AMAZON DRAWS IRE AGAIN, THIS TIME FOR ‘OFFENSIVE’ RELIGIOUS PRINT ON FOOTWEAR
Now, yet again, controversy has sprung up over the well-known digital forum allegedly selling footwear that depicts a range of religious iconography — including images of Lord Ganesh, the Goddesses Durga, Lakshmi and Kali, verses from the Quran, Jesus Christ and the Holy Cross, as well as various religious monuments and places of worship.
A first information report (FIR) detailing this was filed with Cantonment police on Thursday, both against Amazon.com and the manufacturing company of the footwear, CafePress, by Shaniwar Peth resident Hafizuddin Shaduuddin Kazi (39). An advocate, Kazi had recently come across what he said are objectionable products while shopping online. His complaint elaborated, "While looking for some footwear for personal use online on February 14, I saw a link to CafePress items that listed out footwear categorised as 'God Flip Flops'. I also saw that Amazon is selling these items online."
He further alleged, "I was shocked to see various highly objectionable prints and sketches on the footwear, depicting Hindu gods and holy symbols from other religions, too. I saw slippers inscribed with images of Ganesha, Durga, Lakshmi and Kali, as well as several others. There were also verses from the Quran printed on the chappals, as well as images of dargahs and mosques, besides a depiction of Jesus Christ and the Holy Cross. Some footwear had the word 'Allah' printed on it as well; others said 'Walking with Jesus' or 'I love Jesus'."
Kazi claimed that when he tried to check where such CafePress items were being sold, he found them listed on Amazon. "I also found footwear with the Indian flag and the word 'India' printed on it. The prices of the items were in US dollars," he said in his complaint, and later told Mirror, "I have mentioned the names of three directors of Amazon India, namely Perinchery Vasudevanraman Elayath, Ashish Jain and Atul Jain, as accused persons, for hurting national and religious sentiments."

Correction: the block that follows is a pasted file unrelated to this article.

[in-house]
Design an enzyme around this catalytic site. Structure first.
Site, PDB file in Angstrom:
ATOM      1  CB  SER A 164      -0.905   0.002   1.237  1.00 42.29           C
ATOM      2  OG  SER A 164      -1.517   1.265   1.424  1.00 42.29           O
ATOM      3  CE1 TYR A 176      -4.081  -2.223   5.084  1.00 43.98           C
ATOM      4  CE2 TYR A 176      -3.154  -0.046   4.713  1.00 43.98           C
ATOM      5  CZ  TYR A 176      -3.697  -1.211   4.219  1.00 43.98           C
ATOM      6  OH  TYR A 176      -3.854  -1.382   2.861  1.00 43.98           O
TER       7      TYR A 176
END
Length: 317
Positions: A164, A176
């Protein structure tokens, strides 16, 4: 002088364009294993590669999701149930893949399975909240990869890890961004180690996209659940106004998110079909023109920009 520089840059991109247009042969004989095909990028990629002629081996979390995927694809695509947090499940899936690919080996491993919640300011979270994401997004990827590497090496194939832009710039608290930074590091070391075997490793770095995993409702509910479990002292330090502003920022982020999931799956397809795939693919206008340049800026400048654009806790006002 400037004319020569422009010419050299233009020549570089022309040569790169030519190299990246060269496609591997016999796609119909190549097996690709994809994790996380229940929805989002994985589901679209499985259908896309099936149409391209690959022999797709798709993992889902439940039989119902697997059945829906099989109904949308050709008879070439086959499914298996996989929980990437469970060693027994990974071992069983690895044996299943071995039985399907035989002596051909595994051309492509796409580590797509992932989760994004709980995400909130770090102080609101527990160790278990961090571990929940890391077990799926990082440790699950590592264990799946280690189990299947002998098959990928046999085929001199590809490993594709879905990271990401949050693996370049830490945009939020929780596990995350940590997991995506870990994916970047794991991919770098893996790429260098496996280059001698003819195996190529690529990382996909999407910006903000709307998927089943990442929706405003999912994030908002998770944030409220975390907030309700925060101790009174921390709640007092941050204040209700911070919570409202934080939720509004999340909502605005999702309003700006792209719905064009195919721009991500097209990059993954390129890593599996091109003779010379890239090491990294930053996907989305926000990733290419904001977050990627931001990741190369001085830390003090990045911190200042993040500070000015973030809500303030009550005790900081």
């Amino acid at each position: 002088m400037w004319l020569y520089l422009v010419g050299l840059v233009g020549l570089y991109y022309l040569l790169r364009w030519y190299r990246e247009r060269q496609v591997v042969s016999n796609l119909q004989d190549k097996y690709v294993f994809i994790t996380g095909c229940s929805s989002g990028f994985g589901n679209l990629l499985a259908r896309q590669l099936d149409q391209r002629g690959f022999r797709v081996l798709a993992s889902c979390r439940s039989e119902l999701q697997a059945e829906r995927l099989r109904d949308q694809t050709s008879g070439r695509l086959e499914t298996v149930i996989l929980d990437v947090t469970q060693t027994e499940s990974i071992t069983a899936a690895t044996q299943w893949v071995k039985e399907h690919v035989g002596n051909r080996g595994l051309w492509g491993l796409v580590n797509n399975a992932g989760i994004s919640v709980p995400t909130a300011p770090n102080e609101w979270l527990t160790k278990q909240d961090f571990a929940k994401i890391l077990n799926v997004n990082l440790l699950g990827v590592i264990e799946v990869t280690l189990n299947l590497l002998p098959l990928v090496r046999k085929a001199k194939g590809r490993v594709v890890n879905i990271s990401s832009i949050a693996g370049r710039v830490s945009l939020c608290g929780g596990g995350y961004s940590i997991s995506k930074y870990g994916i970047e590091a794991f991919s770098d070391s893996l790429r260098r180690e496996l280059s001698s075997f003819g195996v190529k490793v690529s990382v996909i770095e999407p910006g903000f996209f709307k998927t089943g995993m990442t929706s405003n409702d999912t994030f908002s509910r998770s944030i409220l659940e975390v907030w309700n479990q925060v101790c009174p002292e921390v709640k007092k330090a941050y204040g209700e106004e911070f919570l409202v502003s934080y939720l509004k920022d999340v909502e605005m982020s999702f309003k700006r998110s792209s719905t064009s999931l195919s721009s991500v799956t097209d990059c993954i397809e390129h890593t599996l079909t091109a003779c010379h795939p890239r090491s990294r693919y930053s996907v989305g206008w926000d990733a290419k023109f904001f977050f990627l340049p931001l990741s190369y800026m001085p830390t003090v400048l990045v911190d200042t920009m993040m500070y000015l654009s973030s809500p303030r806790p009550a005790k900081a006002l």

Cantonment police station inspector Vaishali Chandgude said, "After receiving the complaint, we have booked both companies under sections 153 (provocation with intent to cause riot), 153 (A) (promoting enmity between different groups on grounds of religion, etc.), and 295 (A) (outraging religious feelings) of the Indian Penal Code (IPC), as well as relevant sections of the Information Technology (IT) Act. We are taking the help of the cybercrime cell to investigate this case."
Earlier this year, in January, strong protests has taken place in India over Amazon selling doormats depicting the national flag; later, the e-retail behemoth removed the 'offensive' article from its Canadian website.
Despite repeated efforts on Thursday to contact Amazon India, based out of Bangalore, company officials were not forthcoming with any specific details. Parvathi Nair, a spokesperson from corporate communications at Amazon.in, only said, "While we believe these products are not sold on Amazon.in, we are investigating the matter further."